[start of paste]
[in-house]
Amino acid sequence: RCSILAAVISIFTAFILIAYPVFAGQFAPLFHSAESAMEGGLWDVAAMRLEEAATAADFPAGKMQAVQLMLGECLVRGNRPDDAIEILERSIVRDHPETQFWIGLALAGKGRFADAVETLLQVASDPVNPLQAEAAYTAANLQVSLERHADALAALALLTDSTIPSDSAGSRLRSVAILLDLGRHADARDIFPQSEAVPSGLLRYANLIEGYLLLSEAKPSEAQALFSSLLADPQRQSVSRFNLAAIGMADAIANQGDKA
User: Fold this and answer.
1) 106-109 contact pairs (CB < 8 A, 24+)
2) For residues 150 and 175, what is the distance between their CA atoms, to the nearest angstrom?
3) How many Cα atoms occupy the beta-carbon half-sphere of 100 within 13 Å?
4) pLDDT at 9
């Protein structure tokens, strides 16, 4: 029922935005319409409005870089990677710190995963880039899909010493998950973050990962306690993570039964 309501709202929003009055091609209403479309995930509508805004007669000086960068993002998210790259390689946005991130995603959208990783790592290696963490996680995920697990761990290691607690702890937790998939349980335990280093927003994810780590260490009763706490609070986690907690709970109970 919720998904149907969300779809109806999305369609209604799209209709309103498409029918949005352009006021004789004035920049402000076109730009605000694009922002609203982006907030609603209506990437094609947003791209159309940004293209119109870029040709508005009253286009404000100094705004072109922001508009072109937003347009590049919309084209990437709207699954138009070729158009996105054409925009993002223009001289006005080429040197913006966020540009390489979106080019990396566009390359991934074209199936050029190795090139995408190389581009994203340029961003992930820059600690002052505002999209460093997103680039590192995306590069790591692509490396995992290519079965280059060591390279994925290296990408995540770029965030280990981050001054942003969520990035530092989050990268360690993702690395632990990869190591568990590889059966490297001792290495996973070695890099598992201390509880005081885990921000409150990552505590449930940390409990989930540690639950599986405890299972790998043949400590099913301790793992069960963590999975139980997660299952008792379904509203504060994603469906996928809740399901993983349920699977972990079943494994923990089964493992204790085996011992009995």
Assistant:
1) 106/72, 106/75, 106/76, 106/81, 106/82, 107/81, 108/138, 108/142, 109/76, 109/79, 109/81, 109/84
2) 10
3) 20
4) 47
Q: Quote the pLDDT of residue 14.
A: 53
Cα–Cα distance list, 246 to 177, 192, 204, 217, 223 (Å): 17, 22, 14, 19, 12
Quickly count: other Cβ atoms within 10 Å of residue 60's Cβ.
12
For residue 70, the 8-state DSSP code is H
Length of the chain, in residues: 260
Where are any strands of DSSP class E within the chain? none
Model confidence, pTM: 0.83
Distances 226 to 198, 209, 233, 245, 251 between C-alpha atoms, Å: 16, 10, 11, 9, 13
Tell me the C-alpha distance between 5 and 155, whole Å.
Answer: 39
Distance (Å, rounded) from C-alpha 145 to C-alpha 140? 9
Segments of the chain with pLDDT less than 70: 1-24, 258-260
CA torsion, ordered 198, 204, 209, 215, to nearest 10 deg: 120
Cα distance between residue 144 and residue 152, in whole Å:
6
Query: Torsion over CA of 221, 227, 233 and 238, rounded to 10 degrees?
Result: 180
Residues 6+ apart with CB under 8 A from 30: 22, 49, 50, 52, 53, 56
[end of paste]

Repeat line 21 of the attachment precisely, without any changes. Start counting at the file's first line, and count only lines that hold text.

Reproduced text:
Where are any strands of DSSP class E within the chain? none